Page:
This is the third is a series of postings of additional chapters on media advice which was not included in the Communications Consortium Media Center’s “Strategic Communications for Nonprofits.” This third and final posting focuses on evaluating nonprofit media and communications campaigns. The electronic chapter on evaluation [pdf] contains a number of principles in approaching media evaluation:
- There is no “right” or “wrong” way to evaluate communications campaigns.
- Assessing whether a campaign caused its intended impact is often important – and that is the activity funders tend to focus on – but evaluation for purposes of learning and continuous improvement is also important.
- Evaluations, like communications campaigns, need to identify up front their purpose and intended audiences.
- It is best to design the evaluation early and in conjunction with the campaign.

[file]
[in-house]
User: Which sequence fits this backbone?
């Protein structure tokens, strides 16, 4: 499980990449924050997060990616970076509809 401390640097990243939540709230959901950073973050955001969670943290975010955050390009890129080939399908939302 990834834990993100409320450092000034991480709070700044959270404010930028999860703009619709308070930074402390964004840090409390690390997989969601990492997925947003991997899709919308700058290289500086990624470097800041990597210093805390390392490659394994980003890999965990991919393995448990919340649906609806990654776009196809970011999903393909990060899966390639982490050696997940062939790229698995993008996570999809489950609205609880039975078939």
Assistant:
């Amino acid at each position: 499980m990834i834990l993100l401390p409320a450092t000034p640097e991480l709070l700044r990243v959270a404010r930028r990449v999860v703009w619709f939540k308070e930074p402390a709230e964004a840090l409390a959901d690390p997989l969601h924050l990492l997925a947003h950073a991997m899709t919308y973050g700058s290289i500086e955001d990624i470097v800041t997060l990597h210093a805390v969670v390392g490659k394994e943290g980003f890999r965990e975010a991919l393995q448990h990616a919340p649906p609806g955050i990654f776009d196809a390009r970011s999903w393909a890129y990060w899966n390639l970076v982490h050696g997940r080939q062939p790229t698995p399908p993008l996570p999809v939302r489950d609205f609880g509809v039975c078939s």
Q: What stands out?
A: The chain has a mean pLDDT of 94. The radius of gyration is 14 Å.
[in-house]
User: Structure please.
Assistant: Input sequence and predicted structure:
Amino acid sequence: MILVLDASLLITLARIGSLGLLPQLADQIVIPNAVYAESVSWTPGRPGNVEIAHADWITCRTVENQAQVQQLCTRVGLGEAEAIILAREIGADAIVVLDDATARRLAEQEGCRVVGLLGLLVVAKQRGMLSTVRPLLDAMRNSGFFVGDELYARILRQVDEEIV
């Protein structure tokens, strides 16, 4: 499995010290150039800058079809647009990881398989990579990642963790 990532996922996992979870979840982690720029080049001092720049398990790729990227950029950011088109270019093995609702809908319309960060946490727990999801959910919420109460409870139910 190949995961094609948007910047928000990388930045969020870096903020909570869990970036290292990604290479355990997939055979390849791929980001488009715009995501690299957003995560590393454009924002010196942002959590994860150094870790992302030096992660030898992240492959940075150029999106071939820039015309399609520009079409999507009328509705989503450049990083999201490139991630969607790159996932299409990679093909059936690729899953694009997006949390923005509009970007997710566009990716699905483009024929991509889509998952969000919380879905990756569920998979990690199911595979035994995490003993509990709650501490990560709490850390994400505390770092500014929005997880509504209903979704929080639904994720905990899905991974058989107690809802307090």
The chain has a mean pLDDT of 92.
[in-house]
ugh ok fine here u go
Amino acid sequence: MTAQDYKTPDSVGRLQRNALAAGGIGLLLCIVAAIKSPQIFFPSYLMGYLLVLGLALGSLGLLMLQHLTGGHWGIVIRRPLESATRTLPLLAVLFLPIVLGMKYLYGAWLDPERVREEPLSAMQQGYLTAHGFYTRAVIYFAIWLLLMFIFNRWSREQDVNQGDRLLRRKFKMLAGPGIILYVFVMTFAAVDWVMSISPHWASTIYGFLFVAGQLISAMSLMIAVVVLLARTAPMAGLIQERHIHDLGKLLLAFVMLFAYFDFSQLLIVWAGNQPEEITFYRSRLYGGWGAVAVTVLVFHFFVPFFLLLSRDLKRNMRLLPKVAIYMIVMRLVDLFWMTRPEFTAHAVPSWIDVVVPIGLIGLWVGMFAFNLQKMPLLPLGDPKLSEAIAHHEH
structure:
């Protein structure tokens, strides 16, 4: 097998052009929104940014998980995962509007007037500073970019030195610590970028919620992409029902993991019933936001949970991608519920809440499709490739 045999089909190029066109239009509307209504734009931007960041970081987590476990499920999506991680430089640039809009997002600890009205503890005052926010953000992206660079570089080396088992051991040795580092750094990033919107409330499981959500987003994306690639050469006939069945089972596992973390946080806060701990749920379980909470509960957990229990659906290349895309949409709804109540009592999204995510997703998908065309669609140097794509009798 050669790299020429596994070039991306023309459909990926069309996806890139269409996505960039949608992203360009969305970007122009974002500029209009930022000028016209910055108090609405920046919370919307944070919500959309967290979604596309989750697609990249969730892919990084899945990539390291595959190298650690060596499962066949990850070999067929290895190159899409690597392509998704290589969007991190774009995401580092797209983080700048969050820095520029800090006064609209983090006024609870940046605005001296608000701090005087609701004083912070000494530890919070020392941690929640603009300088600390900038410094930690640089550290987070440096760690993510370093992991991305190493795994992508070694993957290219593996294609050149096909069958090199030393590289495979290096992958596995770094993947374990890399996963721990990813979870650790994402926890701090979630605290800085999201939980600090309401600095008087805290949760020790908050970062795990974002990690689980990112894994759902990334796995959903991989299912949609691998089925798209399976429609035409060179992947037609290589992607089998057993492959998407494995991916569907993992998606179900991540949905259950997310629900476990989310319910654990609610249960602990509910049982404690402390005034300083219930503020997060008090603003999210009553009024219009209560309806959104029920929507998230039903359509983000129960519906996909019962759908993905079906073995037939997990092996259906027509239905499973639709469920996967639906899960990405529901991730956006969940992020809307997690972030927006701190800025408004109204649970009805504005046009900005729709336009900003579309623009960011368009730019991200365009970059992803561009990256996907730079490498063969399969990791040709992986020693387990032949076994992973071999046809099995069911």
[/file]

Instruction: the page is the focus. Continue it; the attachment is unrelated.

- Campaign staff members should participate whenever possible in the evaluation’s design as well as its implementation.
- Sometimes simple things like having a good press list or establishing ongoing professional relationships with key reporters are the most significant measures of success, especially for locality-specific or small-budget efforts.
- Evaluation should be based on sound (and where possible research-based) theory for predicting how the campaign will achieve social change or provide the public with understanding of the issue.
Increasingly, funders and foundations are requiring nonprofits to include evaluation guidelines in their communicants grant proposals. This chapter, and a special website on evaluation developed by CCMC, are a response to this nonprofit need.